The tree below shows that over the past 72 months (6 years), if the variable CreditEasyVsTight was high (if business credit is reported to be easy in the news), which is true of 53% if the sample, then the S&P 500 rises the following month 84% of the time, and if they are NOT grousing about the U.S.. government being corrupt (GVTCORR = GovernmentCorruption, a mark of disenfranchisement), then the S&P 500 rises all but one of the following months, 97% of the time.  If business credit is reported to be relatively tight (47% of the months in the sample), then the S&P 500 tends to fall 62% of the following months, and if social media discussions are emphasizing high interest rates at the same time, then the odds of decline over that period rise to 81% of the following months. 

This combination (tightening credit and high interest rates) may lead to U.S. equity market declines going forward as the Fed slowly tapers bond-buying.   And I wish it were that simple to diagnose a falling market based on recent Fed action and interest rates, but it's not.  Only subscribers may read on for our prognostications on 2014.

Please sign up here for the Basic Plan to see our investment perspective and ideas as well as to gain access to our sentiment Dashboards and Top Lists. Professional website users receive access to many additional features including our new sentiment indicators for each assets and equity as well as our charting tools.  Please contact us directly if you represent an institution.  We have an enormous array of models within our website.  Our web specialist Nareg Khoshafian is happy to give potential users a free tour.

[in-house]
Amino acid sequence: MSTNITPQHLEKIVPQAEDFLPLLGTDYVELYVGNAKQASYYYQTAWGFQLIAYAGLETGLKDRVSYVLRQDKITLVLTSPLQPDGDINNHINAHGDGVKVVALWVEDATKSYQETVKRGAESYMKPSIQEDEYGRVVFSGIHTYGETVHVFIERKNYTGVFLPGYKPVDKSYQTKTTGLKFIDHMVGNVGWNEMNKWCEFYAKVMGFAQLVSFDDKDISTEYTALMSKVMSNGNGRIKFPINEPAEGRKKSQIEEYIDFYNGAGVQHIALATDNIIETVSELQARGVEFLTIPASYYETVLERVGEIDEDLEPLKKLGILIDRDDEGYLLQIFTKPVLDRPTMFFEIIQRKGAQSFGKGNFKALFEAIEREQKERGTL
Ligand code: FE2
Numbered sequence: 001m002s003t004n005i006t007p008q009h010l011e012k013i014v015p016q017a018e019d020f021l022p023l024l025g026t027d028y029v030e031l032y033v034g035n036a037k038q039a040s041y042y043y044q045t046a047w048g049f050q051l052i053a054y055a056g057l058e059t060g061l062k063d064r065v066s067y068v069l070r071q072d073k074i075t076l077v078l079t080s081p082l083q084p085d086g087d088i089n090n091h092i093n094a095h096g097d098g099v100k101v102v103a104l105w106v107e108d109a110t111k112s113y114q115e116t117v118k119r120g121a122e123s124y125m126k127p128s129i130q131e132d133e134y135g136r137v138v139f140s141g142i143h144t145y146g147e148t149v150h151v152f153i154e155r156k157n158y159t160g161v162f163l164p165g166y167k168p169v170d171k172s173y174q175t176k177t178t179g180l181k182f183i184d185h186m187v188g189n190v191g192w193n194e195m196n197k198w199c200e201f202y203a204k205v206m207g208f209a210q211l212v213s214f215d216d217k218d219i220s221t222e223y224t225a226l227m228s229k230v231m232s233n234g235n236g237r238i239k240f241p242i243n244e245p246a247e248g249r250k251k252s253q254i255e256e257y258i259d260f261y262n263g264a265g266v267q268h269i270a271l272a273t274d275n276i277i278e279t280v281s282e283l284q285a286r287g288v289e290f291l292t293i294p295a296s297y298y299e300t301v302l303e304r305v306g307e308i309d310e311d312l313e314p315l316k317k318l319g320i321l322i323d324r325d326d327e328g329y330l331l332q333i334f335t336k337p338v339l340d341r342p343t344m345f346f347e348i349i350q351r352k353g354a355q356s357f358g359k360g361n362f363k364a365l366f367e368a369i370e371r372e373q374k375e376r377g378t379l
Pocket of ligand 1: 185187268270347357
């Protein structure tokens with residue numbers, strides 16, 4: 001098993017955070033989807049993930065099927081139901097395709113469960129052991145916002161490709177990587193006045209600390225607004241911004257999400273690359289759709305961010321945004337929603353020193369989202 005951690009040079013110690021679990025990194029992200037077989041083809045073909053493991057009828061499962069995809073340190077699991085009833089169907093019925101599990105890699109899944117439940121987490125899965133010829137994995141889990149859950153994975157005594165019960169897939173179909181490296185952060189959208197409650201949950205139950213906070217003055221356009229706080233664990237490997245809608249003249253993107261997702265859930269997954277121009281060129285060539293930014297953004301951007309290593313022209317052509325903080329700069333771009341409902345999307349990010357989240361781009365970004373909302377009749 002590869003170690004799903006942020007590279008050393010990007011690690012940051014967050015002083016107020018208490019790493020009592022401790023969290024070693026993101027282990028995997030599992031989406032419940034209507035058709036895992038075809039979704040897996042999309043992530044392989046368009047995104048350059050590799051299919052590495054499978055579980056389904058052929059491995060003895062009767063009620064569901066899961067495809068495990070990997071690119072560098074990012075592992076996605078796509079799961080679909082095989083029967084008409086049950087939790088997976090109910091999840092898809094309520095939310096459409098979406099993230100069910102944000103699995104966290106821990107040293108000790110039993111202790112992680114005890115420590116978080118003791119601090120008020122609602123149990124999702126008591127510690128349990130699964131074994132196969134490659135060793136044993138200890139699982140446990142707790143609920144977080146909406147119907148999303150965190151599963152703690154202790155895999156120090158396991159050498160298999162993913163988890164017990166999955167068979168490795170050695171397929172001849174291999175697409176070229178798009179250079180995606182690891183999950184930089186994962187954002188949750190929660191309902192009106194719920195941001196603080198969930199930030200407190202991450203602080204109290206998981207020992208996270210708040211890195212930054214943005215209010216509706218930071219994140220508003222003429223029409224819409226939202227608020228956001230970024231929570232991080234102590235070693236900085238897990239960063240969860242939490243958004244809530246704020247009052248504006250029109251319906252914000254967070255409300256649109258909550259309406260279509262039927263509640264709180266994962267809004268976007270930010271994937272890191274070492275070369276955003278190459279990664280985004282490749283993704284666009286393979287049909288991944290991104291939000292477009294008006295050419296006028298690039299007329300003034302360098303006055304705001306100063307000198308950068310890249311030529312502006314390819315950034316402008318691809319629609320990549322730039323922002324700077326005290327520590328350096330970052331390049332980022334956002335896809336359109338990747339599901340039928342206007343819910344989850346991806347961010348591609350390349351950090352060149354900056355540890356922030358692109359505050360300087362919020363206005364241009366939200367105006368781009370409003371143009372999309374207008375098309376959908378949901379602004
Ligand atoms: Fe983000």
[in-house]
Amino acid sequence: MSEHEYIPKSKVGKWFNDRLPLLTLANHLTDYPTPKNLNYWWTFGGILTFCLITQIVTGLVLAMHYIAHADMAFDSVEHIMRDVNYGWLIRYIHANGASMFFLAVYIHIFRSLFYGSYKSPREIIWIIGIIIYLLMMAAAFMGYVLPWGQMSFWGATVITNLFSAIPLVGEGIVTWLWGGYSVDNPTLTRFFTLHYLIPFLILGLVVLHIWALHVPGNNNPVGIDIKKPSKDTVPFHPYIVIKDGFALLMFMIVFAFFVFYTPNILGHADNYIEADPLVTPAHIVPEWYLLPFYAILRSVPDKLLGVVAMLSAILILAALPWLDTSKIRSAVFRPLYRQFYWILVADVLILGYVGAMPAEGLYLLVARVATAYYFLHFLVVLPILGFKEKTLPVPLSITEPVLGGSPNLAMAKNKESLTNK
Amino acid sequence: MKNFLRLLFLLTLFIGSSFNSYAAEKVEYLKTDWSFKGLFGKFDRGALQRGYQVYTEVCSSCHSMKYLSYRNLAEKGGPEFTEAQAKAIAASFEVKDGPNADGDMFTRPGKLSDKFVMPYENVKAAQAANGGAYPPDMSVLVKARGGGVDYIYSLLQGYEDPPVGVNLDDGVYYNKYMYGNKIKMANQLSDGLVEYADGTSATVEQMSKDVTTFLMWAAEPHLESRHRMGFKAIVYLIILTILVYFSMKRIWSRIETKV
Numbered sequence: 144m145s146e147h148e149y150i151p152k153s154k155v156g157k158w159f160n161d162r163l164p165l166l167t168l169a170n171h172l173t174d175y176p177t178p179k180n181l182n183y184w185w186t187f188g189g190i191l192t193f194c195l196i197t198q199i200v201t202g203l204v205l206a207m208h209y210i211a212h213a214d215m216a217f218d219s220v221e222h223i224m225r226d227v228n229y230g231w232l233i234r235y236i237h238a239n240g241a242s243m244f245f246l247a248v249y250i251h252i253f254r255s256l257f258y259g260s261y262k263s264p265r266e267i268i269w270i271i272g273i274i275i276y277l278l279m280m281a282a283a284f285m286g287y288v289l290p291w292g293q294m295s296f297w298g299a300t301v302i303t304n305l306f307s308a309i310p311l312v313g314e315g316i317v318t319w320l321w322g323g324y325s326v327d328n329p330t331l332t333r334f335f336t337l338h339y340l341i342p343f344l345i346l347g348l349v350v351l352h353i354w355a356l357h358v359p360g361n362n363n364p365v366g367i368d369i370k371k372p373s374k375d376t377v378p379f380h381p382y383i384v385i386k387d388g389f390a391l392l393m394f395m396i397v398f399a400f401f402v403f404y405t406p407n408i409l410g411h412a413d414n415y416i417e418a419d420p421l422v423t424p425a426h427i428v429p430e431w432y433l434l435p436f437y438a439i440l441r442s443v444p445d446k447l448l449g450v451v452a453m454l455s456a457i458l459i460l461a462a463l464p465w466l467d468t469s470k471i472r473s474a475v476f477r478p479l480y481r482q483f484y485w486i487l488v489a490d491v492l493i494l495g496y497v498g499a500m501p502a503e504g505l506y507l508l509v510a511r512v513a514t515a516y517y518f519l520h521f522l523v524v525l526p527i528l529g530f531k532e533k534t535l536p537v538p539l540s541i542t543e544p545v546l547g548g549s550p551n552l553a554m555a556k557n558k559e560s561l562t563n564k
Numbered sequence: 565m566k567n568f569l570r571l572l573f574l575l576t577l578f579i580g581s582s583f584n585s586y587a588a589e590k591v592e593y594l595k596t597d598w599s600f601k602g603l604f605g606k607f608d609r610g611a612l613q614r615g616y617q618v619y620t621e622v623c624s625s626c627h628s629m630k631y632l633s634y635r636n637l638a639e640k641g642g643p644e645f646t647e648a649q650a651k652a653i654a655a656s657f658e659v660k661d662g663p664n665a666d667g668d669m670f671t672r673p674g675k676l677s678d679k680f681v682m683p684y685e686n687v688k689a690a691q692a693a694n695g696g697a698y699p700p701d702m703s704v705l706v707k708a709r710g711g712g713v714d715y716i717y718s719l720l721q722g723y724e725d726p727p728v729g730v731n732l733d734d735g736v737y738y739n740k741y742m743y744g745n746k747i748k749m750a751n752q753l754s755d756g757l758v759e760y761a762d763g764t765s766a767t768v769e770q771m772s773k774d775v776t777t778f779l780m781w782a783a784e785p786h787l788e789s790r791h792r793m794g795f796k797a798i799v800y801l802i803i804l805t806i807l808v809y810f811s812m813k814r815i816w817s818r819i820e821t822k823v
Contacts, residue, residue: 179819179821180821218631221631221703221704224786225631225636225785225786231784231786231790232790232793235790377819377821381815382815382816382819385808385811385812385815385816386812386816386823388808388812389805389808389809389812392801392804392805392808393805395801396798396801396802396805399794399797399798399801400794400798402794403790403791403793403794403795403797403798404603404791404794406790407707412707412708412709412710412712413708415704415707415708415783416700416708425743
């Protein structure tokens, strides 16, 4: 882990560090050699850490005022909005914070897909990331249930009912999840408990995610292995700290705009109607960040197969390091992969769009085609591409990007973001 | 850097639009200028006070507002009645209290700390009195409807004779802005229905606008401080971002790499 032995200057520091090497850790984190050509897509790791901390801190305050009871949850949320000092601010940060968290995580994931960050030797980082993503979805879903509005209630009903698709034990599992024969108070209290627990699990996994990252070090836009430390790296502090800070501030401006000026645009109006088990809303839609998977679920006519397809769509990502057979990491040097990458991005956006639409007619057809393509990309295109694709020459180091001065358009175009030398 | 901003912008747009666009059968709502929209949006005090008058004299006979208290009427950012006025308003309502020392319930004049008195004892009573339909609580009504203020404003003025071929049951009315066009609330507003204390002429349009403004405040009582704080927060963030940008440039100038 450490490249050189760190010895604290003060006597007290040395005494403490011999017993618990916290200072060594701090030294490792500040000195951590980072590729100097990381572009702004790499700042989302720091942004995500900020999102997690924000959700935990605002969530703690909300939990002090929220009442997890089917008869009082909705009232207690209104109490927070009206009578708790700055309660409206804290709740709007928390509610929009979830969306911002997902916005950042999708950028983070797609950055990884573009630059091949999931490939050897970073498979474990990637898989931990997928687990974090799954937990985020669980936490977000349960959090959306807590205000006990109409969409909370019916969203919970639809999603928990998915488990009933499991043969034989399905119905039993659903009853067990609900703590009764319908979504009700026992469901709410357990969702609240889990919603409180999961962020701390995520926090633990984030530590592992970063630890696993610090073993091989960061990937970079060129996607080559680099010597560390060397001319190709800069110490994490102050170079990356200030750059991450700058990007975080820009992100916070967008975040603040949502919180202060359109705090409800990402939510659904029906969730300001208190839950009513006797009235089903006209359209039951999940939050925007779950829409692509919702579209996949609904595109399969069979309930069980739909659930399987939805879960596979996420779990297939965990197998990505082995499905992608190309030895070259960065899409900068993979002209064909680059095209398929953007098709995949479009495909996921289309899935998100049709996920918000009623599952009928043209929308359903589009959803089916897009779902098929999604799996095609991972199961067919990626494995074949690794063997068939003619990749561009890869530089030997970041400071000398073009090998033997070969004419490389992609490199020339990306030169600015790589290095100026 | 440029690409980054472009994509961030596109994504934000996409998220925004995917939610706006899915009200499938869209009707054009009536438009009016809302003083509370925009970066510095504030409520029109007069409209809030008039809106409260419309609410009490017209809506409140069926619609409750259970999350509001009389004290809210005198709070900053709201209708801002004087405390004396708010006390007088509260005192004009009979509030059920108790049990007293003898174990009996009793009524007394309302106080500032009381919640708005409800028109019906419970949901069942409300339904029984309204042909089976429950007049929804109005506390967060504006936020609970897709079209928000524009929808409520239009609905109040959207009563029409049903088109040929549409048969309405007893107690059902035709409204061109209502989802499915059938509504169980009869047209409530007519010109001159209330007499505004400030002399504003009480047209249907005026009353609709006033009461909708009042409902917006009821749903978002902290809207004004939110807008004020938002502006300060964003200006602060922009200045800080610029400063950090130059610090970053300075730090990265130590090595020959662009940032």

“Imagination is more important than knowledge. For while knowledge defines all we currently know and understand, imagination points to all we might yet discover and create.”
Albert Einstein

Remember to engage your imagination as you set your goals for 2014.  If you can feel it, live it, and believe it, then you will set your mind and body in motion towards achieving it.

Please contact us if you'd like to see into the mind of the market using our Thomson Reuters MarketPsych Indices to monitor market psychology and macroeconomic trends for 30 currencies, 50 commodities, 120 countries, 40 equity sectors and industries, and 5,000 individual equities extracted in real-time from millions of social and news media articles every day.